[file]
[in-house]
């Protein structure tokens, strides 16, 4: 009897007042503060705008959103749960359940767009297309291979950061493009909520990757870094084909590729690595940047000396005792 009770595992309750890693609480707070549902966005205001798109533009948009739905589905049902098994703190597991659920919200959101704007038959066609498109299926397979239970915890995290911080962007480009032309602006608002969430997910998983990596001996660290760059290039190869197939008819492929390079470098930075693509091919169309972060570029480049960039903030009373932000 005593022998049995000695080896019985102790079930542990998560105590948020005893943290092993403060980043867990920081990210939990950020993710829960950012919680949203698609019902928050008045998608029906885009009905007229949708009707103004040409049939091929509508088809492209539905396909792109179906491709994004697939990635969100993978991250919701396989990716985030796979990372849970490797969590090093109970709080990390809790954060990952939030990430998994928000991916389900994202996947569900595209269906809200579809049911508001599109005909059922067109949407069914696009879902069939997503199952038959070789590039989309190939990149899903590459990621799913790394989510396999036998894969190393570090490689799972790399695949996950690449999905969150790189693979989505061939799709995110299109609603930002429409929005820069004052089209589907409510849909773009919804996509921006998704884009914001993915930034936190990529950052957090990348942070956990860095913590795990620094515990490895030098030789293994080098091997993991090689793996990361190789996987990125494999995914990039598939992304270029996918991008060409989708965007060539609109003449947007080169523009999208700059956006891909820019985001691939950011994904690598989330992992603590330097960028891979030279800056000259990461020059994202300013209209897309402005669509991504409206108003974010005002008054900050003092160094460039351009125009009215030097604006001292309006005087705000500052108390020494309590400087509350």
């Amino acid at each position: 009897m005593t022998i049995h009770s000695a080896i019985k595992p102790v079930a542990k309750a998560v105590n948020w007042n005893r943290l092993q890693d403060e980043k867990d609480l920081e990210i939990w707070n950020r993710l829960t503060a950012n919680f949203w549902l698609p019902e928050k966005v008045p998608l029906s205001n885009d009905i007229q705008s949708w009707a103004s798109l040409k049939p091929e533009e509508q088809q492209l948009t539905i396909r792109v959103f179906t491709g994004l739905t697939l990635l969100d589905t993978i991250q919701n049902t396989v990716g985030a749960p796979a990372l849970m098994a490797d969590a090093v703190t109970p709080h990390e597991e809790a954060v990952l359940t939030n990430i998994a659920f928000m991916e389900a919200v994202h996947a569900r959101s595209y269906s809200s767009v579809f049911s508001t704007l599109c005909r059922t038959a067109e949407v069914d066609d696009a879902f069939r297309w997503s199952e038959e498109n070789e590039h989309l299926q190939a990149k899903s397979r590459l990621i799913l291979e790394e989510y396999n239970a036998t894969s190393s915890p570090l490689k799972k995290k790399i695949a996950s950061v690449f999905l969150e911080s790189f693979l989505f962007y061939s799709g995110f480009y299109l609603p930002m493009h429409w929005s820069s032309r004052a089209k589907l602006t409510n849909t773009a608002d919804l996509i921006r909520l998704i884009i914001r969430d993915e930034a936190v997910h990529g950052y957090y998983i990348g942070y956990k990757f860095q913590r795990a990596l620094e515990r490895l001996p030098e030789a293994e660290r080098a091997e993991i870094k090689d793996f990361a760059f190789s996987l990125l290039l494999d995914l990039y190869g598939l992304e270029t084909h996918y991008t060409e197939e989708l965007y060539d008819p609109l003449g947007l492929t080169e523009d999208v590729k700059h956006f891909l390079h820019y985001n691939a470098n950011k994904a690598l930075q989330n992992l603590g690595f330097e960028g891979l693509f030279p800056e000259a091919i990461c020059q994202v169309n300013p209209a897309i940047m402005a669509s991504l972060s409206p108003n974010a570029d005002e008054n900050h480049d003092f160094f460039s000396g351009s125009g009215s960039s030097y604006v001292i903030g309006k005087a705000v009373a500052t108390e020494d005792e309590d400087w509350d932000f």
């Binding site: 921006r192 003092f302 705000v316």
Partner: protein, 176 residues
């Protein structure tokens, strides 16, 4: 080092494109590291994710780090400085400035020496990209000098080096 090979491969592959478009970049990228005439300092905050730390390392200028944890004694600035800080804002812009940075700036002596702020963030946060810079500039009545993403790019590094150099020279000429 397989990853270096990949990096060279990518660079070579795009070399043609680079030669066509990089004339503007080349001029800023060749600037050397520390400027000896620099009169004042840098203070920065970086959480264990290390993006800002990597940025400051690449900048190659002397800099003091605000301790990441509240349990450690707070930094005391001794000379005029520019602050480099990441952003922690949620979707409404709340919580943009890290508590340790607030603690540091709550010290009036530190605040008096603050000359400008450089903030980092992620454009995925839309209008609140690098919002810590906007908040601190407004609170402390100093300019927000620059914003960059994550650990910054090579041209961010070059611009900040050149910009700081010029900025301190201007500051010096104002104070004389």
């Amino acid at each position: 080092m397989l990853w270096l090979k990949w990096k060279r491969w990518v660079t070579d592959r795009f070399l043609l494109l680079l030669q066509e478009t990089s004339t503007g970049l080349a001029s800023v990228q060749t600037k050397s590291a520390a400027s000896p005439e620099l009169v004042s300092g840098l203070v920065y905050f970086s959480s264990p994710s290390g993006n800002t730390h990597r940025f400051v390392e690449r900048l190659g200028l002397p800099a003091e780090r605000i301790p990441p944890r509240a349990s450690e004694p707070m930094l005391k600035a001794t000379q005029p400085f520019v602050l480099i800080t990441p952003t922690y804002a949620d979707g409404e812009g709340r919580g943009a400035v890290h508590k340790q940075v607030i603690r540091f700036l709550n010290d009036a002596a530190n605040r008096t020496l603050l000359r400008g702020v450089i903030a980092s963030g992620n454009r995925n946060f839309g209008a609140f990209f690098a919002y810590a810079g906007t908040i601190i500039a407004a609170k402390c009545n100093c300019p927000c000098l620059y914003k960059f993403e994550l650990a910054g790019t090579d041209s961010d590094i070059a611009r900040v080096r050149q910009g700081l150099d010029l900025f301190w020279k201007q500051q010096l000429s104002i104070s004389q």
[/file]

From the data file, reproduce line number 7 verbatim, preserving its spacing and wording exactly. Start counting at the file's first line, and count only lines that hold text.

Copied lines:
């Amino acid at each position: 080092m397989l990853w270096l090979k990949w990096k060279r491969w990518v660079t070579d592959r795009f070399l043609l494109l680079l030669q066509e478009t990089s004339t503007g970049l080349a001029s800023v990228q060749t600037k050397s590291a520390a400027s000896p005439e620099l009169v004042s300092g840098l203070v920065y905050f970086s959480s264990p994710s290390g993006n800002t730390h990597r940025f400051v390392e690449r900048l190659g200028l002397p800099a003091e780090r605000i301790p990441p944890r509240a349990s450690e004694p707070m930094l005391k600035a001794t000379q005029p400085f520019v602050l480099i800080t990441p952003t922690y804002a949620d979707g409404e812009g709340r919580g943009a400035v890290h508590k340790q940075v607030i603690r540091f700036l709550n010290d009036a002596a530190n605040r008096t020496l603050l000359r400008g702020v450089i903030a980092s963030g992620n454009r995925n946060f839309g209008a609140f990209f690098a919002y810590a810079g906007t908040i601190i500039a407004a609170k402390c009545n100093c300019p927000c000098l620059y914003k960059f993403e994550l650990a910054g790019t090579d041209s961010d590094i070059a611009r900040v080096r050149q910009g700081l150099d010029l900025f301190w020279k201007q500051q010096l000429s104002i104070s004389q």